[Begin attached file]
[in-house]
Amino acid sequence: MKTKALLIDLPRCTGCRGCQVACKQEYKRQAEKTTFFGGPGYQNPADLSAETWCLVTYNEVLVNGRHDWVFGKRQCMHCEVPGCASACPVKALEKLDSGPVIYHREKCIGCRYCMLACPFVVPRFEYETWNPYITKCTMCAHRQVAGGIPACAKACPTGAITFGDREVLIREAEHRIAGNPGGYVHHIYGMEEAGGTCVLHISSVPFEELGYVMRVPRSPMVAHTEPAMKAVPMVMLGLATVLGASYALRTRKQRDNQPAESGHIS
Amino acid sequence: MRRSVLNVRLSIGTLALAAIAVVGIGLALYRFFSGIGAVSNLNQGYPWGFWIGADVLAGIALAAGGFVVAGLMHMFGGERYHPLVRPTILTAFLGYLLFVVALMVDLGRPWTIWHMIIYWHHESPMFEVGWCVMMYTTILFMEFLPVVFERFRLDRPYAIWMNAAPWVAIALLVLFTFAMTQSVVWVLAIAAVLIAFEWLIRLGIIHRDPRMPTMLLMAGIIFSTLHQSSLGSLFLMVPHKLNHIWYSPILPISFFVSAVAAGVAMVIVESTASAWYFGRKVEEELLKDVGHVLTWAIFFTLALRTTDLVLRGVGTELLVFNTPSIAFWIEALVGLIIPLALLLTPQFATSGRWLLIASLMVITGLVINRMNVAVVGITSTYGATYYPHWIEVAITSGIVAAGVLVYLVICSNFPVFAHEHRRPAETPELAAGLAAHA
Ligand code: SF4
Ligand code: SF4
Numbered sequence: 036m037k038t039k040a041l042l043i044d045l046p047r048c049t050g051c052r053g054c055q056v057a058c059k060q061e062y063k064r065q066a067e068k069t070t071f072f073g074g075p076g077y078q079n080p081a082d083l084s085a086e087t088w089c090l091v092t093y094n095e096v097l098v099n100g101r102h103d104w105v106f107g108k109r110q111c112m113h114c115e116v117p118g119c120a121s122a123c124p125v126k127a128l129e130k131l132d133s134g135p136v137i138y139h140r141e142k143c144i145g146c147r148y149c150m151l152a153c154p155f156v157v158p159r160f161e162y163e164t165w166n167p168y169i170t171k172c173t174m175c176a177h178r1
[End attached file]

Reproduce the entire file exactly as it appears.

[in-house]
Amino acid sequence: MKTKALLIDLPRCTGCRGCQVACKQEYKRQAEKTTFFGGPGYQNPADLSAETWCLVTYNEVLVNGRHDWVFGKRQCMHCEVPGCASACPVKALEKLDSGPVIYHREKCIGCRYCMLACPFVVPRFEYETWNPYITKCTMCAHRQVAGGIPACAKACPTGAITFGDREVLIREAEHRIAGNPGGYVHHIYGMEEAGGTCVLHISSVPFEELGYVMRVPRSPMVAHTEPAMKAVPMVMLGLATVLGASYALRTRKQRDNQPAESGHIS
Amino acid sequence: MRRSVLNVRLSIGTLALAAIAVVGIGLALYRFFSGIGAVSNLNQGYPWGFWIGADVLAGIALAAGGFVVAGLMHMFGGERYHPLVRPTILTAFLGYLLFVVALMVDLGRPWTIWHMIIYWHHESPMFEVGWCVMMYTTILFMEFLPVVFERFRLDRPYAIWMNAAPWVAIALLVLFTFAMTQSVVWVLAIAAVLIAFEWLIRLGIIHRDPRMPTMLLMAGIIFSTLHQSSLGSLFLMVPHKLNHIWYSPILPISFFVSAVAAGVAMVIVESTASAWYFGRKVEEELLKDVGHVLTWAIFFTLALRTTDLVLRGVGTELLVFNTPSIAFWIEALVGLIIPLALLLTPQFATSGRWLLIASLMVITGLVINRMNVAVVGITSTYGATYYPHWIEVAITSGIVAAGVLVYLVICSNFPVFAHEHRRPAETPELAAGLAAHA
Ligand code: SF4
Ligand code: SF4
Numbered sequence: 036m037k038t039k040a041l042l043i044d045l046p047r048c049t050g051c052r053g054c055q056v057a058c059k060q061e062y063k064r065q066a067e068k069t070t071f072f073g074g075p076g077y078q079n080p081a082d083l084s085a086e087t088w089c090l091v092t093y094n095e096v097l098v099n100g101r102h103d104w105v106f107g108k109r110q111c112m113h114c115e116v117p118g119c120a121s122a123c124p125v126k127a128l129e130k131l132d133s134g135p136v137i138y139h140r141e142k143c144i145g146c147r148y149c150m151l152a153c154p155f156v157v158p159r160f161e162y163e164t165w166n167p168y169i170t171k172c173t174m175c176a177h178r1